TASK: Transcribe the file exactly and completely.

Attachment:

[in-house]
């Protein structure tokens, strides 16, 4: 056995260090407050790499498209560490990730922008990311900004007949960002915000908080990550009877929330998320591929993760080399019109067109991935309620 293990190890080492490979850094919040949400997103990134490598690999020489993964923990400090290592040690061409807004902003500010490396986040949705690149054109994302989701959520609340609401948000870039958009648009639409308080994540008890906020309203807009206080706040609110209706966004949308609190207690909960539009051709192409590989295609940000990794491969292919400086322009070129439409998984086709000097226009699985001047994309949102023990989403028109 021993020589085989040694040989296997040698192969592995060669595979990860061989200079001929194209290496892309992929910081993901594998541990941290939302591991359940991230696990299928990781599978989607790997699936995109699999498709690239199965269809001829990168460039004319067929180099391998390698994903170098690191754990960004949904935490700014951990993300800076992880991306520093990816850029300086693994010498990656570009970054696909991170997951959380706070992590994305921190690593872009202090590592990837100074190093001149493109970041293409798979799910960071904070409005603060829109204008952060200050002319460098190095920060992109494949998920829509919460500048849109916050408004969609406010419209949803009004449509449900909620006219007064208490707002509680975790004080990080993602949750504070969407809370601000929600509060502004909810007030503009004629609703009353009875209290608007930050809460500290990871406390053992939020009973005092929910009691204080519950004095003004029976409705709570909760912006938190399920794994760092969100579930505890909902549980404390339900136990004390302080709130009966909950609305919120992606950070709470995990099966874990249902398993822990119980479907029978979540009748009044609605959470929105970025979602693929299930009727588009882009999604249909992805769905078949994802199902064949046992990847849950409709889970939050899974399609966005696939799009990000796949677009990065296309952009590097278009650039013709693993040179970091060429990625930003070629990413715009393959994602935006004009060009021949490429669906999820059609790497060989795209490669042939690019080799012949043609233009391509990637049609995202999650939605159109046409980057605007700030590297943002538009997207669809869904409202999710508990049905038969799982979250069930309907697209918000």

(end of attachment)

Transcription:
[in-house]
């Protein structure tokens, strides 16, 4: 056995260090407050790499498209560490990730922008990311900004007949960002915000908080990550009877929330998320591929993760080399019109067109991935309620 293990190890080492490979850094919040949400997103990134490598690999020489993964923990400090290592040690061409807004902003500010490396986040949705690149054109994302989701959520609340609401948000870039958009648009639409308080994540008890906020309203807009206080706040609110209706966004949308609190207690909960539009051709192409590989295609940000990794491969292919400086322009070129439409998984086709000097226009699985001047994309949102023990989403028109 021993020589085989040694040989296997040698192969592995060669595979990860061989200079001929194209290496892309992929910081993901594998541990941290939302591991359940991230696990299928990781599978989607790997699936995109699999498709690239199965269809001829990168460039004319067929180099391998390698994903170098690191754990960004949904935490700014951990993300800076992880991306520093990816850029300086693994010498990656570009970054696909991170997951959380706070992590994305921190690593872009202090590592990837100074190093001149493109970041293409798979799910960071904070409005603060829109204008952060200050002319460098190095920060992109494949998920829509919460500048849109916050408004969609406010419209949803009004449509449900909620006219007064208490707002509680975790004080990080993602949750504070969407809370601000929600509060502004909810007030503009004629609703009353009875209290608007930050809460500290990871406390053992939020009973005092929910009691204080519950004095003004029976409705709570909760912006938190399920794994760092969100579930505890909902549980404390339900136990004390302080709130009966909950609305919120992606950070709470995990099966874990249902398993822990119980479907029978979540009748009044609605959470929105970025979602693929299930009727588009882009999604249909992805769905078949994802199902064949046992990847849950409709889970939050899974399609966005696939799009990000796949677009990065296309952009590097278009650039013709693993040179970091060429990625930003070629990413715009393959994602935006004009060009021949490429669906999820059609790497060989795209490669042939690019080799012949043609233009391509990637049609995202999650939605159109046409980057605007700030590297943002538009997207669809869904409202999710508990049905038969799982979250069930309907697209918000």